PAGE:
- Emotional intelligence and empathy
Without good people skills, any business relationship manager will likely be ineffective in dealing with customers in a way that meets their needs, contributing to an overall negative perception with IT as a whole. The e-CF lists examples of required skills in relationship management which clearly indicate the need for people skills. They include the ability to:
- Deploy empathy to customer needs
- Identify potential win-win opportunities for customer and own organization
- Establish realistic expectations to support development of mutual trust
- Monitor ongoing commitments to ensure fulfilment
- Communicate both good and bad news to avoid surprises
Today, it is rare to come across the job title “Business Relationship Manager”, particularly in an ITSM setting. But since relating with customers and ensuring alignment from a strategic perspective is a critical responsibility, BRM responsibilities are often distributed among the following job titles:
This role represents the needs of the stakeholder community—the voice of the customer—to the agile team. Connecting business and agile teams, the product owner must understand customer requirements and validate that any developed software solution meets these requirements.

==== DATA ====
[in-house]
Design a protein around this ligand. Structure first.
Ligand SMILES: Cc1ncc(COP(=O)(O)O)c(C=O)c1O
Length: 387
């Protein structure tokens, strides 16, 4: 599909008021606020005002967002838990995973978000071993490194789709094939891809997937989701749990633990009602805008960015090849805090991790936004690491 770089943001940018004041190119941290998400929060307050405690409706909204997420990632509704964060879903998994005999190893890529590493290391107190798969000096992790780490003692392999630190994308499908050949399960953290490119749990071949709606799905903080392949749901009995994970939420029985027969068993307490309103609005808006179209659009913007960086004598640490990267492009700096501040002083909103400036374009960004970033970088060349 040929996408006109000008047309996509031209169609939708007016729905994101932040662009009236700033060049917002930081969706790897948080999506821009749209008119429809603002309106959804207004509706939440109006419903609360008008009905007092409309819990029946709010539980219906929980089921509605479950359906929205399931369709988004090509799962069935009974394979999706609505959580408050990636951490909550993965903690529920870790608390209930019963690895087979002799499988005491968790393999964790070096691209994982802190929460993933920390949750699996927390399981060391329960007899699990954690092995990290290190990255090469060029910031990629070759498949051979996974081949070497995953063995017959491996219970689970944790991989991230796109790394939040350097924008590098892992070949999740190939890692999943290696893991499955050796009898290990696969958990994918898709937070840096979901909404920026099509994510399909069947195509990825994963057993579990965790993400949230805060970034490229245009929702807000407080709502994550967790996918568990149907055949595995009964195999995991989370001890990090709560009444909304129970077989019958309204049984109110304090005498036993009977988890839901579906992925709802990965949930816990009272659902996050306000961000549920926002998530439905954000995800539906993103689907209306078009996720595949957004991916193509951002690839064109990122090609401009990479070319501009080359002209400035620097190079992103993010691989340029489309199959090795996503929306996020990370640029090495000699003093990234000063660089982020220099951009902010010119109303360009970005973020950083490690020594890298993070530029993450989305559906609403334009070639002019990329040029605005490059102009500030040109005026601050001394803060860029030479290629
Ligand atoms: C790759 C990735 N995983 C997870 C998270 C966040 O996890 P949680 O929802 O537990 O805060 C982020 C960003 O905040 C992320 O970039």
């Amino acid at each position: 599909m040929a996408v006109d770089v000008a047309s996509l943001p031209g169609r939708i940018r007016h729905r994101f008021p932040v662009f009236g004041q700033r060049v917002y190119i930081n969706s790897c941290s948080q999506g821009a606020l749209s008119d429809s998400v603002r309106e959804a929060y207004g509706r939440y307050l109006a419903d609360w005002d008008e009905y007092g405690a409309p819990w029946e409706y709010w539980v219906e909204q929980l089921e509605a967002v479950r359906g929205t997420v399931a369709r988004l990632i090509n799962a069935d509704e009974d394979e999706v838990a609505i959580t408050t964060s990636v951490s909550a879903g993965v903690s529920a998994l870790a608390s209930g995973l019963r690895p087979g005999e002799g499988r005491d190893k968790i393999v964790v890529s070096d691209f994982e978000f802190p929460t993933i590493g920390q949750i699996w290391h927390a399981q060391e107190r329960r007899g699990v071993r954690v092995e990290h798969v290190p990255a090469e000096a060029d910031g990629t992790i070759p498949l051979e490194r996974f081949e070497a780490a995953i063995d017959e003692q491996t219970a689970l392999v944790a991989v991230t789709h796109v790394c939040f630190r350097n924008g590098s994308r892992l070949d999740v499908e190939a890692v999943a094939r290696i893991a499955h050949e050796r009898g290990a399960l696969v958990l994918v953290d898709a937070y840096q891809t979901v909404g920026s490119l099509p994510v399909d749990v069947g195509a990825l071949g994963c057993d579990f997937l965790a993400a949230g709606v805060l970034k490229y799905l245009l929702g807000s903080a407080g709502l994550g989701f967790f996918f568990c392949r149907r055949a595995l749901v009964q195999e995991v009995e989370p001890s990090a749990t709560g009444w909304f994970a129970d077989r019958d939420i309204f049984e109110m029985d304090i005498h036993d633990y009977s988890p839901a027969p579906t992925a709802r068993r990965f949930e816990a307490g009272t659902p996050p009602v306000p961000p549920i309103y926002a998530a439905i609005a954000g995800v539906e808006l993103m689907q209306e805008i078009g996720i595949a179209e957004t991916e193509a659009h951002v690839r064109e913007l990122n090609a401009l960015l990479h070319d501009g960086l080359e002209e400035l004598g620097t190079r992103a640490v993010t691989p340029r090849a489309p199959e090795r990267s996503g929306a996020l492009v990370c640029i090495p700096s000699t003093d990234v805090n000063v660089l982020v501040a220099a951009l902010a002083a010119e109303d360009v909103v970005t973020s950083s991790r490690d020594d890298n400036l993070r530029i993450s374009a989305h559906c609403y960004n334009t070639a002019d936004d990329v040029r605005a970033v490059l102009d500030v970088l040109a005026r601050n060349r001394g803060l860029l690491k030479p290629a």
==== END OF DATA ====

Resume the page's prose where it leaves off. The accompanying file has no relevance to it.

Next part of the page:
- KPI area: Customer satisfaction achievement
This account manager is the senior focal point for client sales and customer satisfaction. The mission is to build business relationships with clients to facilitate the sale of hardware, software, telecommunications, or ICT services. A successful account manager identifies opportunities and manages sourcing and delivery of products to customers, taking responsibility for achieving sales targets and maintaining profitability.
- KPI area: Customer satisfaction
This role plans, implements, and manages solution provision. The mission of a service manager is to manage the definition of Service Level Agreements, Operational Level Agreements, contracts and Key Performance Indicators. The role provides people management of staff monitoring, reporting and fulfilling service activities, and takes mitigation action in case of non-fulfilment of agreements.
- KPI area: Fulfilment of service levels
The CIO role involves the development and maintenance of information systems to generate value for the business and meet the organization’s needs. A CIO’s mission is to ensure the alignment of the information systems strategy with the business strategy. It provides leadership for the implementation and development of the organization’s architecture and applications.
- KPI area: overall added value, efficiency, and effectiveness of the information system.
For more information on business relationship management and other roles in IT, see these BMC Blogs:
- What Is “IT-Business Alignment”?
- ITIL Business Relationship Management Explained
- First Five IT Roles in new Organizations
- 4 Essential Leadership Qualities for CIOs
- CIO vs CTO: What’s the Difference?
- The State of the CIO